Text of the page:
Having one or two blouses made from traditional menswear shirting fabrics in your closet is a good idea.
Some days it’s nice to put on a menswear shirt and cozy sweater.
We needn’t be all svelte, all the time.
You’ve seen this shirt and sweater — together and apart — before.
It’s time for another round of applause for the off-the-shoulder sweater.
I had an idea recently for a series of sequential posts — threads — in which I show a garment as part of two or three different outfits. Not an original idea, but nevertheless a good one, yes?* Because, ideally, that’s the way our wardrobes should work: every piece should go with at least three things.
So, you’ve got that to look forward to in 2019! Plus, several of my colleagues have agreed to do guest posts. Very exciting to contemplate the forthcoming variety.
This sweater is an oatmeal-y non-color — which I like — but I felt that it would benefit from a little color. Marigold is just right; a complement to the blue and the undertones of the oatmeal.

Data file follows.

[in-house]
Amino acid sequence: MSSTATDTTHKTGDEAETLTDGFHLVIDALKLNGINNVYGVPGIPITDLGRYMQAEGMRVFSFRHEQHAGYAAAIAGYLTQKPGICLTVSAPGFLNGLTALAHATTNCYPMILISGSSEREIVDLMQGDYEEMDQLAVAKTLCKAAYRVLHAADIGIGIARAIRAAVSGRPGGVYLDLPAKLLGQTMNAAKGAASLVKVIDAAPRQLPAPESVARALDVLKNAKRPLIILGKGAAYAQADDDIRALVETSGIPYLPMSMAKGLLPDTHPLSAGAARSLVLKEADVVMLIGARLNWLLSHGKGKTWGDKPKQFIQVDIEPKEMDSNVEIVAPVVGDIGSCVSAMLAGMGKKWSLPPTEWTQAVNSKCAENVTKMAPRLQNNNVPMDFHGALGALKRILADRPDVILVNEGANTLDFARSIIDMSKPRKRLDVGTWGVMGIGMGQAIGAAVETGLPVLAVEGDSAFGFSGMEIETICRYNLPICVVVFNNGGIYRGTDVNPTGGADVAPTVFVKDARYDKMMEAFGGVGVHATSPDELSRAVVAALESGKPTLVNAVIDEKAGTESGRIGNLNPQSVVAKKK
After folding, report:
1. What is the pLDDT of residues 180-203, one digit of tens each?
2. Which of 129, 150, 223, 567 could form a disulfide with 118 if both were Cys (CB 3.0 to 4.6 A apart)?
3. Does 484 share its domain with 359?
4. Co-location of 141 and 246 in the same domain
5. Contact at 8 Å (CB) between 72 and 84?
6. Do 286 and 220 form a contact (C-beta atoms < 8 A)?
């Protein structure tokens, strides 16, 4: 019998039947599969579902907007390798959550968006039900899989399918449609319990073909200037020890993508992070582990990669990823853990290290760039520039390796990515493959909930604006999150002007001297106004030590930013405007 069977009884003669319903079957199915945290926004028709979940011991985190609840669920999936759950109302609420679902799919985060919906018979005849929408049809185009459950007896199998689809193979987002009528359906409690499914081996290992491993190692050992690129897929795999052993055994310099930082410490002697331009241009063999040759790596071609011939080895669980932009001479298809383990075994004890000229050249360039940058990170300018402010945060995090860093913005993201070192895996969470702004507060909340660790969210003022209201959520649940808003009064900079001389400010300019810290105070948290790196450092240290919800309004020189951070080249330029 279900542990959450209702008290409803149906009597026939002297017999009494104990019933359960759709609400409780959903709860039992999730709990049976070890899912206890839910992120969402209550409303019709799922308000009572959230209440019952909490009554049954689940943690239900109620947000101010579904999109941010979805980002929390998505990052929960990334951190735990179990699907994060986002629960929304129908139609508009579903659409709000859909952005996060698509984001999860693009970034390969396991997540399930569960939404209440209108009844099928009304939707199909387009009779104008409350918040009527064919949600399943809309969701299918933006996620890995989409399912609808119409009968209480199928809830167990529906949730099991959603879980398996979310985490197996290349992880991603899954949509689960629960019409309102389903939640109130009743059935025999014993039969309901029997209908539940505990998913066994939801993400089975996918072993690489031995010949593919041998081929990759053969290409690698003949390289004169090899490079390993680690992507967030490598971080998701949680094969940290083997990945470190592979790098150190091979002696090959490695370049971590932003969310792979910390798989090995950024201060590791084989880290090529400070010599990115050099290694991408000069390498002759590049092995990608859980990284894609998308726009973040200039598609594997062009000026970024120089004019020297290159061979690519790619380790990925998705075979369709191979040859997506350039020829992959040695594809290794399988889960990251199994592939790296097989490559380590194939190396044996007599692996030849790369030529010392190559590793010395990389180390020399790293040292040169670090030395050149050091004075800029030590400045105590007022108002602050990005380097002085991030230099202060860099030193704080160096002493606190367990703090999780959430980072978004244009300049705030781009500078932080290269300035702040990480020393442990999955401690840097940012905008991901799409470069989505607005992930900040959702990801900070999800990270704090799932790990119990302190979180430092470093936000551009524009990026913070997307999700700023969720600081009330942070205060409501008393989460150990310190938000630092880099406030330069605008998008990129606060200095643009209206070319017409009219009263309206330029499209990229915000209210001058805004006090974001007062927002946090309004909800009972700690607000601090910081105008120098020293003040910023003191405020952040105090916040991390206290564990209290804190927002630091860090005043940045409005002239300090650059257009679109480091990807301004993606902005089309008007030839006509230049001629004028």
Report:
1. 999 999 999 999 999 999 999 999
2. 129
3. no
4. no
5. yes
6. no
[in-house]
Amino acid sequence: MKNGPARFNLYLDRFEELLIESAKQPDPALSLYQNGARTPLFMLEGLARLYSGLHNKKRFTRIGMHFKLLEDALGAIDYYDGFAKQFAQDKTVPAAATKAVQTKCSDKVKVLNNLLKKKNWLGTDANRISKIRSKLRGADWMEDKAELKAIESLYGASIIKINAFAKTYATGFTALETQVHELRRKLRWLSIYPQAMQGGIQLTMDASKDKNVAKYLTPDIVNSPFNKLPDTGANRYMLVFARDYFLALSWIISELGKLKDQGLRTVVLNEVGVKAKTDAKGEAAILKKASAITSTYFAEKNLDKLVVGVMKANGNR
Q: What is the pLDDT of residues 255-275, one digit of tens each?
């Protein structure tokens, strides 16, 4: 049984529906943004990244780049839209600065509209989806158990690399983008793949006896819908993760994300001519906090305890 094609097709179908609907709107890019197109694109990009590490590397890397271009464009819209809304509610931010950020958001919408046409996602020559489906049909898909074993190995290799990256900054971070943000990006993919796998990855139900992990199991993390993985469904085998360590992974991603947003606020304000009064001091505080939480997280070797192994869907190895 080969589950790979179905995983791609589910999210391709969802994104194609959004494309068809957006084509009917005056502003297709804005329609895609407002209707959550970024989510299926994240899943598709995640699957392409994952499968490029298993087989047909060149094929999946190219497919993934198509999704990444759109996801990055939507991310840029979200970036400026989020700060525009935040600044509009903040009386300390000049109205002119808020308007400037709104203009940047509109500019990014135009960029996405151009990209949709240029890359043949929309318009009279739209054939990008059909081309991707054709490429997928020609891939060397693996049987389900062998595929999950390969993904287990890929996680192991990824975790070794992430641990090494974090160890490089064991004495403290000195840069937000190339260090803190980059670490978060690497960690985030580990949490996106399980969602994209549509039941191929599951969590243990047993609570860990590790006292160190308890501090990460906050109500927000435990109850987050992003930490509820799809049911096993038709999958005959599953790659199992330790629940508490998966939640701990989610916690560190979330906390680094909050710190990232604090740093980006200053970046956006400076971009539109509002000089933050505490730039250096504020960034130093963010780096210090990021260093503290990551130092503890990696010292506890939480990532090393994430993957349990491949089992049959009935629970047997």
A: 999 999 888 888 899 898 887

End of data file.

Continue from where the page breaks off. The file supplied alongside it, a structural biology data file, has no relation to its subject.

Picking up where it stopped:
Back to menswear shirting!
I wouldn’t wear a shirt like this with a grey flannel two- or three-button suit in earnest for a formal work occasion (client meeting, court), but I would wear it untucked with such a suit belted with, say, the Weight Securing System on a day when I only had internal meetings scheduled. That would be an appropriate send-up of the patriarchy.
Sweater: Theory; Shirt: Thomas Mason for JCrew; Jeans: JCrew; Shoes: Coach; Bag: Coach
* I feel like I have floated this idea in the past, but cannot find the promise in a quick search of old posts. Regardless, the idea is more concrete this time. I’ve sketched out five threads (A-E) of two or three posts each (A1, A2, A3), which overlap (e.g., a post can be both C2 and D1). I used the software that is used to forecast blood bank logistics to map it out.+
+ I’m kidding . . .but only about the software.